Page 43 - Islam In Focus

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In this chapter we propose to deal with the major exercises of Faith as laid down by
Islam. They are Prayers (Salah), Fasting (Sawm), Alms-giving or “ Charity” (Zakah)
and Pilgrimage (Hajj). The way God has enjoined these exercises makes them serve
all spiritual purposes and satisfy human needs. Some of them are daily; some weekly;
some monthly; some bi-annually; some annually; and some are required as a
minimum once in a lifetime. So they embrace all the days of the week, all the weeks
of the month, all the months of the year, and all the years of life, and they, above all,
mark the whole course of life with a Divine touch
It has already been mentioned that Faith without action and practice is a dead end, as
far as Islam is concerned. Faith by nature is very sensitive and can be most effective.
When it is out of practice or out of use, it quickly loses its liveliness and motivating
power. The only way to enliven Faith and make it serve its purpose is practice.
Practice provides Faith with nourishment, survival and effectiveness. In return, Faith
inspires man to be constant in his devotion and persistent in his practice. This is
because the interrelationship between Faith and practice is very strong, and their
interdependence is readily understandable. A person without Faith has no real source
of inspiration and, consequently, has no worthy objectives to attain or even aspire to.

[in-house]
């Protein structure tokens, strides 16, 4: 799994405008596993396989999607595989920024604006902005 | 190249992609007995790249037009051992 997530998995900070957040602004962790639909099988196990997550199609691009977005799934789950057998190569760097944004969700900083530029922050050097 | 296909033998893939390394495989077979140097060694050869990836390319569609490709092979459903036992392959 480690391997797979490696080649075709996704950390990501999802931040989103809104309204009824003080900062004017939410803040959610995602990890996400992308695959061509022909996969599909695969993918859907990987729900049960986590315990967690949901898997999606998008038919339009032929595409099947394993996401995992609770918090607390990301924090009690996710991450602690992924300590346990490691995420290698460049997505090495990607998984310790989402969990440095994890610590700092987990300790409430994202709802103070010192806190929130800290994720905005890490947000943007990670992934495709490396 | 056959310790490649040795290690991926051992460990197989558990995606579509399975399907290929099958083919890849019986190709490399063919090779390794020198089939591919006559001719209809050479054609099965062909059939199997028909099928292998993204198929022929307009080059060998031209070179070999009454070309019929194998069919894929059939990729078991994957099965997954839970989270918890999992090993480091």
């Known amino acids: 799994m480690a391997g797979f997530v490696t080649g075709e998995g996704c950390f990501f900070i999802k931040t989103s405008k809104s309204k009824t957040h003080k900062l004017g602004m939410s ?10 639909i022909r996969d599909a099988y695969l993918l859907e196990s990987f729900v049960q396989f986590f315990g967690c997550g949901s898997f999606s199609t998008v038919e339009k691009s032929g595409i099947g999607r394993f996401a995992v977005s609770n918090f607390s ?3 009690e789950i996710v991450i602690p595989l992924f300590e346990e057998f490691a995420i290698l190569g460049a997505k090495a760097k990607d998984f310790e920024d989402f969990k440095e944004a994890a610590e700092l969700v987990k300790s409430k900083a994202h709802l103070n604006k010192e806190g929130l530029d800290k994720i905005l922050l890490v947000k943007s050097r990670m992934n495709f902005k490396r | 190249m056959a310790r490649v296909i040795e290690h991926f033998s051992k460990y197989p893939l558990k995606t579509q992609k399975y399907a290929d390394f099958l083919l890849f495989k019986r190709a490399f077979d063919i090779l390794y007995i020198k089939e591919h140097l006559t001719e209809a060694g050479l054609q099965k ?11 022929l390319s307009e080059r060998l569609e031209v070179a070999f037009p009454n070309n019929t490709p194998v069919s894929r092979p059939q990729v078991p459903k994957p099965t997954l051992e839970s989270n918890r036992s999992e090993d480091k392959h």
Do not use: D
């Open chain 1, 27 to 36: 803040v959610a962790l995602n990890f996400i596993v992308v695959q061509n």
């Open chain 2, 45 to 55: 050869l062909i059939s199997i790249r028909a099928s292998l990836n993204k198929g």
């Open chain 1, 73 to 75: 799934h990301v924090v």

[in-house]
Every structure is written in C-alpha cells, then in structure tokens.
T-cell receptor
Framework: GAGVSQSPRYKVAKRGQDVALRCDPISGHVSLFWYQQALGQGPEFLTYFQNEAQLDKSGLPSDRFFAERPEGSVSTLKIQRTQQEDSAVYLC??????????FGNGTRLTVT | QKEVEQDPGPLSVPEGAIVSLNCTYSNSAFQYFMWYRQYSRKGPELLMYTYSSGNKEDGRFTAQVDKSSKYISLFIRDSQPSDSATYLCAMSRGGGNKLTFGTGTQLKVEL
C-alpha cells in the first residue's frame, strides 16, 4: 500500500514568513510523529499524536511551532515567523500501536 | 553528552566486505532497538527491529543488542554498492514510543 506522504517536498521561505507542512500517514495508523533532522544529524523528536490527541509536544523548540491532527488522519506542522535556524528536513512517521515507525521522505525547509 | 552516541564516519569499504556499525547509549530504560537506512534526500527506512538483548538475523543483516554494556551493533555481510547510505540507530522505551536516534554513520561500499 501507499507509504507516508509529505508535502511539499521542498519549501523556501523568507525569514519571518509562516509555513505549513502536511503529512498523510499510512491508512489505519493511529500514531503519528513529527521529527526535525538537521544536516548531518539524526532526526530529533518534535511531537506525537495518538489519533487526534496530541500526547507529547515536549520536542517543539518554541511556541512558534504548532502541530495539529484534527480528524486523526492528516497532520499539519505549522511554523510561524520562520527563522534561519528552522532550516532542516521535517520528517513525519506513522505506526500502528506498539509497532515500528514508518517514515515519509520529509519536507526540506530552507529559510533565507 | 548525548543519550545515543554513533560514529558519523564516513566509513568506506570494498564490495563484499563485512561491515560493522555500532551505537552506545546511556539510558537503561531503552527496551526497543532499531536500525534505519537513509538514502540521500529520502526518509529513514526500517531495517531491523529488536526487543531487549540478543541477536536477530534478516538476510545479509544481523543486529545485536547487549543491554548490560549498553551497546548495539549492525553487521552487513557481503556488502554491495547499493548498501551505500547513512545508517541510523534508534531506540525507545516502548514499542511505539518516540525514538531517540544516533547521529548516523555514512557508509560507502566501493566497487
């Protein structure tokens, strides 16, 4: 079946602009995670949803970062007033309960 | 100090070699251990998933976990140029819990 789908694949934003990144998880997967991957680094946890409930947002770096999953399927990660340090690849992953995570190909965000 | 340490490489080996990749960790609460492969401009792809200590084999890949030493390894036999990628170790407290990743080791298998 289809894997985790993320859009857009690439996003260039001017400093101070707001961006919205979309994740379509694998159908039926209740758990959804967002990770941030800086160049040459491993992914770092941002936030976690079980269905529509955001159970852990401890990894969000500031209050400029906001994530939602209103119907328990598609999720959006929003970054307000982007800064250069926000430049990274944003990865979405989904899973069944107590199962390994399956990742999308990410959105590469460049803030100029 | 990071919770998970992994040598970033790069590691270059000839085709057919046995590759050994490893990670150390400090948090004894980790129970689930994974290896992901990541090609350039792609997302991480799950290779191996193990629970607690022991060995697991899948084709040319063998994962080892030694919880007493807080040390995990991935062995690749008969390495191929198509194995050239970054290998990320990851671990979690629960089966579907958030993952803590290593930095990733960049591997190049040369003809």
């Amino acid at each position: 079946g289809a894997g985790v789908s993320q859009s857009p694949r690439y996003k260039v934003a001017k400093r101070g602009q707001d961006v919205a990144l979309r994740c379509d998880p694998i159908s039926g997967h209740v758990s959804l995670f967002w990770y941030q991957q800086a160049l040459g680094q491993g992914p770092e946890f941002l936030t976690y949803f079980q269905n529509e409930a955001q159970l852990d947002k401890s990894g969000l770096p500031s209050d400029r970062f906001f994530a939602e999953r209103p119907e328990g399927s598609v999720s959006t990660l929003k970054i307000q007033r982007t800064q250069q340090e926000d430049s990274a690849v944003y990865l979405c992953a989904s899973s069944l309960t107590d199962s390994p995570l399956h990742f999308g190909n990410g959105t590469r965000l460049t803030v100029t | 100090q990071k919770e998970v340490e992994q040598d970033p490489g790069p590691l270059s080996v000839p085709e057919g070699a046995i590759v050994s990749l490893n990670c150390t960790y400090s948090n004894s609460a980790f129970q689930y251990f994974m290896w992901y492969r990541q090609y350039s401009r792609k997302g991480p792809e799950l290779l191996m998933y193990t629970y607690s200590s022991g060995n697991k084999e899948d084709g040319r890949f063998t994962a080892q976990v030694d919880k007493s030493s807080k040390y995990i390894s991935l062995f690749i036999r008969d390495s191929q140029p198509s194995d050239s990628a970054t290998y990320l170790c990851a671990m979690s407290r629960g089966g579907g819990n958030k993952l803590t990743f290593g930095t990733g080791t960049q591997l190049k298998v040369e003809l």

The life of such a person is meaningless, and he lives from day to day, which is no life
at all. On the other hand, the person who confesses Faith but does not practice it is
self-deceiving person, and in fact has no Faith, in which case he is no more than a
helpless straying wanderer
The interrelationship between Faith and practice in Islam has vivid reflections on the
entire setup of the religion and manifests the deep philosophy of its teachings. Islam
does not recognize any kind of separation between soul and body, spirit and matter,
religion and life. It accepts man the way God has created him and recognizes his
nature as composed of soul and body. It does not neglect his spiritual nature; else he
would be like any animal. Nor does it underestimate his physical needs; else he would
be an angel, which he is not and cannot be. According to Islam, man stands in center
of the stream of creation. He is not purely spiritual because the purely spiritual beings
are the angels, nor is he beyond that, because the Only Being beyond that is God
alone. He is not entirely material or physical, because the only beings of this class are
the animals and other irrational creatures. So being of such a complementary nature,
man has parallel demands and parallel needs: spiritual and material, moral and
physical. The religion which can help man and bring him close to God is the religion
which takes into consideration all these demands and needs, the religion which
elevates the spiritual status and disciplines the physical desires. And this is the
religion of Islam. To oppress either side of human nature, or upset the balance, or lean
to one direction only, would be an abusive contradiction to human nature as well as an
irresponsible defiance of the very nature in which God has created man
Because Islam grants complete recognition of human nature as it is, and takes deep
interest in the spiritual as well as the material well-being of man, it does not consider
religion a personal affair or a separate entity from the current general course of life. In
other words, religion has no value unless its teachings have effective imprints on the
personal and public course of life. On the other hand, life is meaningless, if it is not
organized and conducted according to the Divine Law. This explains why Islam